I'm writing this book now as part of my contribution to the debate and, although it's a tall order, I hope it can serve as a travel guide for the forthcoming journey. I do this with some trepidation. We've all smiled at predictions from the past that look silly today. You can flip through old Popular Science magazines and read about conveniences to come, such as the family helicopter and nuclear power "too cheap to meter." History is full of now ironic examples—the Oxford professor who in 1878 dismissed the electric light as a gimmick; the commissioner of U.S. patents who in 1899 asked that his office be abolished because "everything that can be invented has been invented." This is meant to be a serious book, although ten years from now it may not appear that way. What I've said that turned out to be right will be considered obvious and what was wrong will be humorous.
I believe the course of the creation of the highway will mirror, in many ways, the history of the personal-computer industry. I'm including a bit of my history—yes, I too talk about the house—and that of computing in general, to help explain some concepts and lessons from the past. Anyone expecting an autobiography or a treatise on what it's like to have been as lucky as I have been will be disappointed. Perhaps when I've retired I will get around to writing that book. This book looks primarily to the future.
Anyone hoping for a technological treatise will be disappointed, too. Everyone will be touched by the information highway, and everyone ought to be able to understand its implications. That's why my goal from the very beginning was to write a book that as many people as possible could understand.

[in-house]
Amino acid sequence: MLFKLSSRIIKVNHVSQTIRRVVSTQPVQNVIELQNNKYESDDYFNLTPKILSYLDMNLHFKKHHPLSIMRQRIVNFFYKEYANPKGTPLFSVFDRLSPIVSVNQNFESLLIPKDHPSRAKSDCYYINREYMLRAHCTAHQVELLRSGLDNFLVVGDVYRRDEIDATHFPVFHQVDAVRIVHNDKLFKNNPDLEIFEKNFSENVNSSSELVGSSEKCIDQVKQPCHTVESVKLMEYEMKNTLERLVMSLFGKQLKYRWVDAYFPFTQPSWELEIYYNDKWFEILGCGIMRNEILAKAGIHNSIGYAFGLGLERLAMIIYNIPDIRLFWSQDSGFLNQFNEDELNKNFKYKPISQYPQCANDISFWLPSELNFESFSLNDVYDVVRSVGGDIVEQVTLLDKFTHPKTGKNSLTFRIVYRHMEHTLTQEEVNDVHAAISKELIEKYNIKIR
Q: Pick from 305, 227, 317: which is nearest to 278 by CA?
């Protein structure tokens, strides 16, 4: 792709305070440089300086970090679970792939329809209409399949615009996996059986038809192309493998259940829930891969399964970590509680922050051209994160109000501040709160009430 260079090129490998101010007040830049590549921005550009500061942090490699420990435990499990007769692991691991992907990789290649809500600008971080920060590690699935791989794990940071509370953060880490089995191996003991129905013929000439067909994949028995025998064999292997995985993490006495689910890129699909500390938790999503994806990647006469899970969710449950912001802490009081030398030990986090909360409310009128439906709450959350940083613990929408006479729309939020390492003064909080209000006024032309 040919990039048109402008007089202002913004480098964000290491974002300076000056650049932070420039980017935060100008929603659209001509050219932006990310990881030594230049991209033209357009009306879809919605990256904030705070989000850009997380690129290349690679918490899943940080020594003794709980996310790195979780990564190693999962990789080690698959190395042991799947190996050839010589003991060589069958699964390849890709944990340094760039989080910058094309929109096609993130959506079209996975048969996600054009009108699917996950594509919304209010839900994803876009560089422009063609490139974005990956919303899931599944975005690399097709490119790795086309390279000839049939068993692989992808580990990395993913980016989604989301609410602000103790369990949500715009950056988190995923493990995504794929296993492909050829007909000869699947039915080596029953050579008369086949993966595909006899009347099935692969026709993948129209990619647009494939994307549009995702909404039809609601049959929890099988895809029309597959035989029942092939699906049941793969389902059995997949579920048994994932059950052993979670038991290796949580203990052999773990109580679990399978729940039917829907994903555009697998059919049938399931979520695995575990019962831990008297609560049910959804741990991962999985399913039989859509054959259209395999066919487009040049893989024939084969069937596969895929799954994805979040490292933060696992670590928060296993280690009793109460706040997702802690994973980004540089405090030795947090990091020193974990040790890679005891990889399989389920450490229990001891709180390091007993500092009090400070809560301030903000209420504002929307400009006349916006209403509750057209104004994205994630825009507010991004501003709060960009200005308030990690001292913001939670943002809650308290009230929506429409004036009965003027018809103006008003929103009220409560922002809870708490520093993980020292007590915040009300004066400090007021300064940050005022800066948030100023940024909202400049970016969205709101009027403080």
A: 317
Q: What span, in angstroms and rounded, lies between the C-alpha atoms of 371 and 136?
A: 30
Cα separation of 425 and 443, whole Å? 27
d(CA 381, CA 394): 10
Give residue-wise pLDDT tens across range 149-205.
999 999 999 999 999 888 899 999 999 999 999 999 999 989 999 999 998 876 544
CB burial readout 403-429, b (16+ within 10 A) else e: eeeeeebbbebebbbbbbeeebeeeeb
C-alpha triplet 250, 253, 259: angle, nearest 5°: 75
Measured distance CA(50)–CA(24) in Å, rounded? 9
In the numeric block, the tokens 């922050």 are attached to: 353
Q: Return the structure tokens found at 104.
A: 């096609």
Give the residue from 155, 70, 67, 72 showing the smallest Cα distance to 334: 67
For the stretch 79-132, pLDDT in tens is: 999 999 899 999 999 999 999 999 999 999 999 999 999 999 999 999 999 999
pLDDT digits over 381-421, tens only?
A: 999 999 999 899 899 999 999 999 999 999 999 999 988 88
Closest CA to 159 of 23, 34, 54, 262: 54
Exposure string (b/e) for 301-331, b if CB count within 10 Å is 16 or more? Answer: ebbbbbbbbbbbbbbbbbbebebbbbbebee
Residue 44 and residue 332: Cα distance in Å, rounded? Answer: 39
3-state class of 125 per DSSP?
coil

The process of thinking about and writing The Road Ahead took longer than I expected. Indeed, estimating the time it would take proved to be as difficult as projecting the development schedule of a major software project. Even with able help from Peter Rinearson and Nathan Myhrvold, this book was a major undertaking. The only part that was easy was the cover photo by Annie Leibovitz, which we finished well ahead of schedule. I enjoy writing speeches and had thought writing a book would be like writing them. I innocently imagined writing a chapter would be the equivalent of writing a speech. The fallacy in my thinking was similar to the one software developers often run into—a program ten times as long is about one hundred times more complicated to write. I should have known better. To complete the book, I had to take time off and isolate myself in my summer cabin with my PC.
And here it is. I hope it stimulates understanding, debate, and creative ideas about how we can take advantage of all that's sure to be happening in the decade ahead.